Science Inventory

Fluorescence Sensors for Early Detection of Nitrification in Drinking Water Distribution Systems – Interference Corrections (Poster)

Citation:

Do, T., A. Pifer, W. Zhang, Z. Chowdhury, D. Wahman, AND J. Fairey. Fluorescence Sensors for Early Detection of Nitrification in Drinking Water Distribution Systems – Interference Corrections (Poster). Presented at 2017 AWWA WQTC, Portland, OR, November 12 - 16, 2017.

Impact/Purpose:

Nitrification event detection in chloraminated drinking water distribution systems (DWDSs) remains an ongoing challenge for many drinking water utilities, including Dallas Water Utilities (DWU) and the City of Houston (CoH). Each year, these utilities experience nitrification events that necessitate extensive flushing, resulting in finished water loss of billions of gallons. Biological techniques used to quantify the nitrifying bacteria activity are impractical for real-time monitoring because they require significant laboratory efforts and/or lengthy incubation times. At present, DWU and CoH regularly rely on physicochemical parameters, including total chlorine, monochloramine, free ammonia, nitrite, and nitrate concentrations as nitrification indicators, but these metrics lack specificity to nitrifying bacteria. To improve nitrification detection in chloraminated DWDSs, we seek to develop a real-time fluorescence-based sensor system to detect the early onset of nitrification events. The guiding hypothesis is that soluble microbial products (SMPs) specific to nitrifying bacteria produce unique fluorescence signals that can be detected in early nitrification stages, before changes in pH or inorganic nitrogen.

Description:

Nitrification event detection in chloraminated drinking water distribution systems (DWDSs) remains an ongoing challenge for many drinking water utilities, including Dallas Water Utilities (DWU) and the City of Houston (CoH). Each year, these utilities experience nitrification events that necessitate extensive flushing, resulting in finished water loss of billions of gallons. Biological techniques used to quantify the nitrifying bacteria activity are impractical for real-time monitoring because they require significant laboratory efforts and/or lengthy incubation times. At present, DWU and CoH regularly rely on physicochemical parameters, including total chlorine, monochloramine, free ammonia, nitrite, and nitrate concentrations as nitrification indicators, but these metrics lack specificity to nitrifying bacteria. To improve nitrification detection in chloraminated DWDSs, we seek to develop a real-time fluorescence-based sensor system to detect the early onset of nitrification events. The guiding hypothesis is that soluble microbial products (SMPs) specific to nitrifying bacteria produce unique fluorescence signals that can be detected in early nitrification stages, before changes in pH or inorganic nitrogen. Preliminary data indicates that fluorescence-based metrics have the sensitivity to detect these SMPs, but finished drinking water is a complex matrix, and water treatment chemicals, natural organic matter, and pipe corrosion products have the potential to interfere with fluorescence measurements. In this poster presentation, we will focus on assessing and correcting potential interferences such as those from monochloramine, pH, iron, nitrite, nitrate, and humic substances using titration-based methods. Sample waters for these studies include reconstituted dissolved organic matters (DOM) from the Ohio River and effluents from ongoing biofilm annular reactor (BAR) experiments at various nitrification stages. Benchtop fluorescence excitation−emission matrices (EEMs) coupled with parallel factor analysis (PARAFAC) were used to assess interference impacts. Experiments using a tryptophan sensor (Excitation/Emission of 285/350 nm) and tryptophan-spiked BAR effluent samples indicates that interference corrections are needed to account for shifts in pH, but changes in nitrite and nitrate are minimal over the typical concentration ranges in nitrification. However, the interference amount may depend on the background water’s composition, which is the subject of ongoing work to be completed in October 2017. This work will inform interference correction algorithm development to be integrated into fluorescence sensor packages for full-scale testing and validation in the DWU and CoH systems. Findings from this research could be leveraged to identify nitrification events in their early stages, facilitating proactive interventions and decreasing nitrification episode severity and frequency and water loss due to flushing.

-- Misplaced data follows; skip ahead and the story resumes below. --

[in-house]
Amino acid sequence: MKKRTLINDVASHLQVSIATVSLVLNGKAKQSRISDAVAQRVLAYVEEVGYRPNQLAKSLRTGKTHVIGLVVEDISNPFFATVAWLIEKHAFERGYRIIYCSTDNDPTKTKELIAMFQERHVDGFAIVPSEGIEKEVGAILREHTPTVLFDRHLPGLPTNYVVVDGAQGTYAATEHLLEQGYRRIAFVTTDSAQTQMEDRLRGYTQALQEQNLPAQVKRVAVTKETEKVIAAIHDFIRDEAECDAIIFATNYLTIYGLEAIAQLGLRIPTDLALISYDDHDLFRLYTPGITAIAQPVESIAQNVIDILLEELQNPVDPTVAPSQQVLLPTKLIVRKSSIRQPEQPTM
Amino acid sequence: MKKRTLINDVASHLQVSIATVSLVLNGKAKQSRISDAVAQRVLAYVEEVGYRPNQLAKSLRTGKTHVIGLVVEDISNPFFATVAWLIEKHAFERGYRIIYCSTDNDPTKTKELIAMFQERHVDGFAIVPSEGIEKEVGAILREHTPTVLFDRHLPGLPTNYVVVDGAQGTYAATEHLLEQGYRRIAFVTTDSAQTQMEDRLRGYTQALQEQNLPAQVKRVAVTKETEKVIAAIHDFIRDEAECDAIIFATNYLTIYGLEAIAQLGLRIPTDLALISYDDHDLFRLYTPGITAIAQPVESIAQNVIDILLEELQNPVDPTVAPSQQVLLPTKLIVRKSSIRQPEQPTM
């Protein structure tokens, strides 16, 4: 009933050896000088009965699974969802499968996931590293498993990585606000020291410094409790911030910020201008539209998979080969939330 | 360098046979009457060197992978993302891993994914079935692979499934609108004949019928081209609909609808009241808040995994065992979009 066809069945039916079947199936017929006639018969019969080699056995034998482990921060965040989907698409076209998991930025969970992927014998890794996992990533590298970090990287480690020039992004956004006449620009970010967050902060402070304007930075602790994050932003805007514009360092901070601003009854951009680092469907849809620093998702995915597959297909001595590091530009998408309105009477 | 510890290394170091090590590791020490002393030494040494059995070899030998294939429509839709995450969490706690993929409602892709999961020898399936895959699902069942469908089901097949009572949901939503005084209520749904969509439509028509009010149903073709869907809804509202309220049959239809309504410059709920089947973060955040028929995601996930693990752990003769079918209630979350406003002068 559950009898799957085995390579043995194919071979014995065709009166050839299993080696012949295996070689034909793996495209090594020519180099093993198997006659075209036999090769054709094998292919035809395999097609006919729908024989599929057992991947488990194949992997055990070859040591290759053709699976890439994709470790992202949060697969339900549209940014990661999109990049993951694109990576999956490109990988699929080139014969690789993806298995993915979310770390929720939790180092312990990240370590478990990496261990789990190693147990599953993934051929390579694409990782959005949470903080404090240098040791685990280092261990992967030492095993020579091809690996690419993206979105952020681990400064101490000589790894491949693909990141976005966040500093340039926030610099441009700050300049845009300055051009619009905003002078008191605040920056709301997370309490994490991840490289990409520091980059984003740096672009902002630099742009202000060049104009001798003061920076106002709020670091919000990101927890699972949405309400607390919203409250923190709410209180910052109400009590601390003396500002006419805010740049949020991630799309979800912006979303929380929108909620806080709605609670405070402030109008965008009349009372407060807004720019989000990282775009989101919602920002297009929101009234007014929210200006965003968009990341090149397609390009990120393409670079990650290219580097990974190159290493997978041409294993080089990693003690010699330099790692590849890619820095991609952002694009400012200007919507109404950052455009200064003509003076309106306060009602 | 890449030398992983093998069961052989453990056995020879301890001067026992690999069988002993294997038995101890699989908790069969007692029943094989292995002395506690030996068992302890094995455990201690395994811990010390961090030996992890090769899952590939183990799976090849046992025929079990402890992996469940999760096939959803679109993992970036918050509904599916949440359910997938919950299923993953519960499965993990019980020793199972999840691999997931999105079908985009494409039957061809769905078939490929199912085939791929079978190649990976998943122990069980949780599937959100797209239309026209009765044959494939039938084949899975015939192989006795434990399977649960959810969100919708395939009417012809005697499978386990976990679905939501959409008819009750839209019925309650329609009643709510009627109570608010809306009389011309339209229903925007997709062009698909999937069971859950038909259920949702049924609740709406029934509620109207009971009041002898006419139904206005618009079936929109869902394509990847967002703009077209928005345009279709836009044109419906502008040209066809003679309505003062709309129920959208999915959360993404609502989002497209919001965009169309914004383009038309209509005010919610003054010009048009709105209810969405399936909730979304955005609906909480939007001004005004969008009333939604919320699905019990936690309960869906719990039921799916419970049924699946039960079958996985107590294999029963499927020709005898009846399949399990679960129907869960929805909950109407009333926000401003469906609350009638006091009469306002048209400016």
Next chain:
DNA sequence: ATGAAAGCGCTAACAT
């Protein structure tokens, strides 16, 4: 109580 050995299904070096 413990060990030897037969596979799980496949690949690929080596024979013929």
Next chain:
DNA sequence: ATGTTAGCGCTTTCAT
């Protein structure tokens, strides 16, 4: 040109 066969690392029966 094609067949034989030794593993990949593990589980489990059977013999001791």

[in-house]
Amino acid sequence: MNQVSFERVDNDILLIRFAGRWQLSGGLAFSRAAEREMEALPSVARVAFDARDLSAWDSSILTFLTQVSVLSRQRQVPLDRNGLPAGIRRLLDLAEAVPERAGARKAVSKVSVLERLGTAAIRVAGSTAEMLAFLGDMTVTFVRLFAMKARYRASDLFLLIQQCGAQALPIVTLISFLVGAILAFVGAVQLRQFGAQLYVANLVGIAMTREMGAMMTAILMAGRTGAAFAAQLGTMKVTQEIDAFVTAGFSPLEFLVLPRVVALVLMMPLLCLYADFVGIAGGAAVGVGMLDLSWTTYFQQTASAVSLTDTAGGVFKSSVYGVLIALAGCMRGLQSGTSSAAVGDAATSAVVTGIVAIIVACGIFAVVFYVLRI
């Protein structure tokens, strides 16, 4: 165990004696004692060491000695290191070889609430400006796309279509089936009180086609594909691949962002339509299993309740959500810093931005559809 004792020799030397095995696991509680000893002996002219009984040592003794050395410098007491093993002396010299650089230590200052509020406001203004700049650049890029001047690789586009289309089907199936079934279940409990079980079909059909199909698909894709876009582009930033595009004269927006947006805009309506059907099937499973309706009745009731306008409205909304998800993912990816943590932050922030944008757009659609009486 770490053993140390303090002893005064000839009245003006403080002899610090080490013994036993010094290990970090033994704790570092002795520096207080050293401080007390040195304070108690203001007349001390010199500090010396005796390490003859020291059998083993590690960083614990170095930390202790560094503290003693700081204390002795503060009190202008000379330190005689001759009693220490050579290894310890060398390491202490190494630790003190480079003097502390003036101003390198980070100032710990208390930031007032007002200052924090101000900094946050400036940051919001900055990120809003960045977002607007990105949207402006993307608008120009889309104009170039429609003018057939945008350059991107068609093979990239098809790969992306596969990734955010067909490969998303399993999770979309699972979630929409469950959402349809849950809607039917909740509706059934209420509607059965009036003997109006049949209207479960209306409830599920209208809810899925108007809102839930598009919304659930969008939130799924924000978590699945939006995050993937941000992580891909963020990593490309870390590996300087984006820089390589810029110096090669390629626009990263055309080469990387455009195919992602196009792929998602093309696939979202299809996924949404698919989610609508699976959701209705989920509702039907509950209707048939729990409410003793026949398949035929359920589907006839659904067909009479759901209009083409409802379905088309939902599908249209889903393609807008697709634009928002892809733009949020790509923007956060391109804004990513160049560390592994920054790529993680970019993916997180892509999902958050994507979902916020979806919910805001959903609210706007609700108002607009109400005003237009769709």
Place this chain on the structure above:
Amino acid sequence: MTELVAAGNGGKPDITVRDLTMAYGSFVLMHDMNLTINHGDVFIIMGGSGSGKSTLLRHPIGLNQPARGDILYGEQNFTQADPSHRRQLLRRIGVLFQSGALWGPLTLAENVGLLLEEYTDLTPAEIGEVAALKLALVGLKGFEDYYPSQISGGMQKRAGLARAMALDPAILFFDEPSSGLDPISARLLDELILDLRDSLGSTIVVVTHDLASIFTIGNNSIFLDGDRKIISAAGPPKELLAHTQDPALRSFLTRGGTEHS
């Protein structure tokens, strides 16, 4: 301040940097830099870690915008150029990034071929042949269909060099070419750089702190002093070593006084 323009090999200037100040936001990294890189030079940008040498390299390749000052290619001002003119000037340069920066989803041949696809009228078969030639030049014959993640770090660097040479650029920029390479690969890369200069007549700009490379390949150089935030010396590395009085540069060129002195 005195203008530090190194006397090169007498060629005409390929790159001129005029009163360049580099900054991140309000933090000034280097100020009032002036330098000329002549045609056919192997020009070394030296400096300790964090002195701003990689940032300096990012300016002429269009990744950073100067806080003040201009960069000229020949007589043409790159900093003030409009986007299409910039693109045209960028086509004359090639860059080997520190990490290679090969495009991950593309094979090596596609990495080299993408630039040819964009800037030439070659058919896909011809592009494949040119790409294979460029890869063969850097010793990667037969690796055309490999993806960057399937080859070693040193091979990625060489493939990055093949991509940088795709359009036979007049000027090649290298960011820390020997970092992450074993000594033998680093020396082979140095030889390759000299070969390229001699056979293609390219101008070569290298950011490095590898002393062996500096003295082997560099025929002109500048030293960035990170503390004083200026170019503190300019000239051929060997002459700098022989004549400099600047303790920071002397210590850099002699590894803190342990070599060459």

URLs/Downloads:

https://www.awwa.org/conferences-education/conferences/water-quality-technology/water-quality-program.aspx   Exit

508 WQTC-2017-POSTER.PDF   (PDF,NA pp, 1553.434 KB,  about PDF)

Record Details:

Record Type: DOCUMENT (PRESENTATION/POSTER)
Product Published Date: 11/15/2017
Record Last Revised: 12/01/2017
OMB Category: Other
Record ID: 338452

Organization:

U.S. ENVIRONMENTAL PROTECTION AGENCY

OFFICE OF RESEARCH AND DEVELOPMENT

NATIONAL RISK MANAGEMENT RESEARCH LABORATORY

WATER SYSTEMS DIVISION

DRINKING WATER TREATMENT AND DISTRIBUTION BRANCH